America Online's chats are one of the service's most popular features. Chat rooms are all over AOL. You'll find chat rooms in forums to discuss just about any topic the service offers.
Just choose a channel from the list on the left side of your AOL screen and you'll be able to find chats within that area of interest. For example, take the Parenting channel. If you click on the Parenting button, you'll find a special "Moms" area inside. Go there, and you'll find a Chat Now button. Click it, and you'll have a wide range of chatting options (see Figure 6.4 ”everything from a special chat for disabled moms to chats about dealing with teenagers (good luck), and so on.
Figure 6.4. AOL's chats are specialized by topic, so you can meet with people of similar interests.
Using the People Connection
As many chat rooms as there are in the Channel forums, you'll find many more in the People Connection. The People Connection is abuzz with chat 24 hours a day, seven days a week. These are different than the chats in the various channels.
Chat rooms are so popular that there's a Chat button on the Welcome window that greets you when you sign on. You can click that or select People Connection from the People menu on the toolbar ”either way, you'll go to the People Connection.
When you click the Chat button, you move into the People Connection screen. There are many options here; choose Chat Now, and you're dropped into a lobby chat room in Town Square (see Figure 6.5). Town Square is the generic chat category online ”there are others (you'll see them in a moment). A lobby is just that: a waiting room where you can chat or move on to a room with a more defined topic of conversation.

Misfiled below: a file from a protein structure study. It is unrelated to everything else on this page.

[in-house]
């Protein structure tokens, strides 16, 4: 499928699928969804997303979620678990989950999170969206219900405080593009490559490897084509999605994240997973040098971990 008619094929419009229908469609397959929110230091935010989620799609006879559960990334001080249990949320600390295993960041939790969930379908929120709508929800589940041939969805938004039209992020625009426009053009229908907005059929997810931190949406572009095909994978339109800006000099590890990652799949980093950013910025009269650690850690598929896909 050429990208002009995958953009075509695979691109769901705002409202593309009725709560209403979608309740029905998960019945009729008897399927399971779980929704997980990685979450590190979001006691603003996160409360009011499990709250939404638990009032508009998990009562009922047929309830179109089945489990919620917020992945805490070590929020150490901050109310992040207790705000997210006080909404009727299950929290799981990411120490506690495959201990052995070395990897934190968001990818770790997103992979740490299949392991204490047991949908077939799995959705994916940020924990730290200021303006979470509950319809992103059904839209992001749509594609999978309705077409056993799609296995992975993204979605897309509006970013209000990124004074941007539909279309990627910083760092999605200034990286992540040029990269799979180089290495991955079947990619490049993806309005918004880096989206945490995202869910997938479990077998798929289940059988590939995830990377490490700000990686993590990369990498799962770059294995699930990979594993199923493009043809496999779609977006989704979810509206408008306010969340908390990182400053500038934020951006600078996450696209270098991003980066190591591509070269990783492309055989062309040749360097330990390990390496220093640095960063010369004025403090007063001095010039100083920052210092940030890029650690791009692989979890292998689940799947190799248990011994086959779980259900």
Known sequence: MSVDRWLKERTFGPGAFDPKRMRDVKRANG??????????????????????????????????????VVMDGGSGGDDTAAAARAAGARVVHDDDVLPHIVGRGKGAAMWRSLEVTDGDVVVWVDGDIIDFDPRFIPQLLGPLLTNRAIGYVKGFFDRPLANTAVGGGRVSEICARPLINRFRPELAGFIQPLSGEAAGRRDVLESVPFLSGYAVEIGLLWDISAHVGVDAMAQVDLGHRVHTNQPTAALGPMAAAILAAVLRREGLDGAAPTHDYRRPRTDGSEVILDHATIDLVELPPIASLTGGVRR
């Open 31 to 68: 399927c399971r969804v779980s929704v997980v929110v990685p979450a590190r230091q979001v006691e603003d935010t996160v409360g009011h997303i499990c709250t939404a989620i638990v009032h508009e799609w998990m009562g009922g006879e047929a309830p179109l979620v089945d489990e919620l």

Figure 6.5. Your basic chat room ”this one's a lobby.
At any given moment, there can be hundreds of lobbies in the People Connection. They are all given a number ”the one shown in Figure 6.5 is Lobby 75.
On the right side of the chat window is a list of the people who are in the lobby with you (your screen name is there, too). You can find out a little something about the folks in your room by seeing if they have a Member Profile. To read a Member Profile, double-click a screen name from the room list, and then click Get Profile on the dialog box that appears.
When you first start out in a chat room, it's a good idea to sit and read the chat scrolling up your screen. It gives you a notion of what's being talked about, who's doing the talking, and whether you want to join in. If you want to participate in a lobby chat, simply type what you want to say in the text box at the bottom of the window and then press Enter (or click Send). Your chat appears in the chat window, and you can carry on a conversation.
If there isn't much going on in the lobby, you might want to move to a room with a more specific chat theme.
Moving to Another Room
To see a list of the currently active chat rooms in the People Connection, click the Find a Chat button at the bottom-right side of the chat window. A list of categories and chat rooms appears in the Find a Chat dialog box, as shown in Figure 6.6.
Figure 6.6. Find a Chat helps you find rooms of interest.
In the Find a Chat dialog box, you'll see a list of room categories in the box on the left side of the screen. When you highlight a category name and click the View Chats button in the middle of the window, the list box on the right of the screen shows all the rooms that are available for that specific category. At peak chatting hours, you might need to click the List More button a couple of times to see all the chat rooms in a given category.
To enter a room, double-click its name in the list. You can also peek in and see who's chatting in a room. Click on the room's name in the list and then click the Who's Chatting button. A list of the members in the room appears, much like the room list in an actual chat room. You can use it to see who's around before you drop in for a chat.
You might notice that the categories list on the left side of the Find a Chat window has two tabs. The second tab reveals the same category list as the first tab, but the chat rooms listed in the right side are instead those that have been created by AOL members, not AOL staff. The list looks, and works, exactly the same as the one shown previously in Figure 6.6, but the rooms have all been created by AOL members.
You can create your own chat room from the list of Member Chats by clicking the Start Your Own Chat button (top middle of the Find a Chat window).